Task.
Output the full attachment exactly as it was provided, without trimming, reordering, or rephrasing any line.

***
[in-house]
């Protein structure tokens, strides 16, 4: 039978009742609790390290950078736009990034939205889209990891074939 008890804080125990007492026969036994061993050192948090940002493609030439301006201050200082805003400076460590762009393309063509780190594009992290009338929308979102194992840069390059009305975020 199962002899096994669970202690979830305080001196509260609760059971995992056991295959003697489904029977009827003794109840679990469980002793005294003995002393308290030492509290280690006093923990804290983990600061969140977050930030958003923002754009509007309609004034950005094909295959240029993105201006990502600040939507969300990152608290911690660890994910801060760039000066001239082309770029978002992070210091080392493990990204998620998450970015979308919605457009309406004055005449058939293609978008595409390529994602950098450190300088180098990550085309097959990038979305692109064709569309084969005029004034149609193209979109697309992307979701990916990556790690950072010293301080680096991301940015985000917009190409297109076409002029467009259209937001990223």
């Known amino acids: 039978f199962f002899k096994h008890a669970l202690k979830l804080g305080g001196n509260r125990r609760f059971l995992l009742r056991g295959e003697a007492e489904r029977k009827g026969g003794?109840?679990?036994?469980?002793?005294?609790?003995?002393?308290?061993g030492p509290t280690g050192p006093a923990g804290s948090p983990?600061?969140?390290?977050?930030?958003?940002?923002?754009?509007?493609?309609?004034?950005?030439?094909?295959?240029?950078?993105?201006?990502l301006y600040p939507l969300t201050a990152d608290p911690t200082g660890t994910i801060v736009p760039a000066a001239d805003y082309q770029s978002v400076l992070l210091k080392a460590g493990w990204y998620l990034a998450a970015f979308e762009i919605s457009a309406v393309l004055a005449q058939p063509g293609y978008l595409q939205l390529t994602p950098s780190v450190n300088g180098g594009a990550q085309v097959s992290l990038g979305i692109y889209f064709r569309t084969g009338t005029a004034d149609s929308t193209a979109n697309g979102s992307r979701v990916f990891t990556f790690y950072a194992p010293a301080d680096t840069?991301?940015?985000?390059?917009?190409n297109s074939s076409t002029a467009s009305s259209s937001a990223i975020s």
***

[in-house]
């Protein structure tokens, strides 16, 4: 039978009742609790390290950078736009990034939205889209990891074939 008890804080125990007492026969036994061993050192948090940002493609030439301006201050200082805003400076460590762009393309063509780190594009992290009338929308979102194992840069390059009305975020 199962002899096994669970202690979830305080001196509260609760059971995992056991295959003697489904029977009827003794109840679990469980002793005294003995002393308290030492509290280690006093923990804290983990600061969140977050930030958003923002754009509007309609004034950005094909295959240029993105201006990502600040939507969300990152608290911690660890994910801060760039000066001239082309770029978002992070210091080392493990990204998620998450970015979308919605457009309406004055005449058939293609978008595409390529994602950098450190300088180098990550085309097959990038979305692109064709569309084969005029004034149609193209979109697309992307979701990916990556790690950072010293301080680096991301940015985000917009190409297109076409002029467009259209937001990223």
């Known amino acids: 039978f199962f002899k096994h008890a669970l202690k979830l804080g305080g001196n509260r125990r609760f059971l995992l009742r056991g295959e003697a007492e489904r029977k009827g026969g003794?109840?679990?036994?469980?002793?005294?609790?003995?002393?308290?061993g030492p509290t280690g050192p006093a923990g804290s948090p983990?600061?969140?390290?977050?930030?958003?940002?923002?754009?509007?493609?309609?004034?950005?030439?094909?295959?240029?950078?993105?201006?990502l301006y600040p939507l969300t201050a990152d608290p911690t200082g660890t994910i801060v736009p760039a000066a001239d805003y082309q770029s978002v400076l992070l210091k080392a460590g493990w990204y998620l990034a998450a970015f979308e762009i919605s457009a309406v393309l004055a005449q058939p063509g293609y978008l595409q939205l390529t994602p950098s780190v450190n300088g180098g594009a990550q085309v097959s992290l990038g979305i692109y889209f064709r569309t084969g009338t005029a004034d149609s929308t193209a979109n697309g979102s992307r979701v990916f990891t990556f790690y950072a194992p010293a301080d680096t840069?991301?940015?985000?390059?917009?190409n297109s074939s076409t002029a467009s009305s259209s937001a990223i975020s």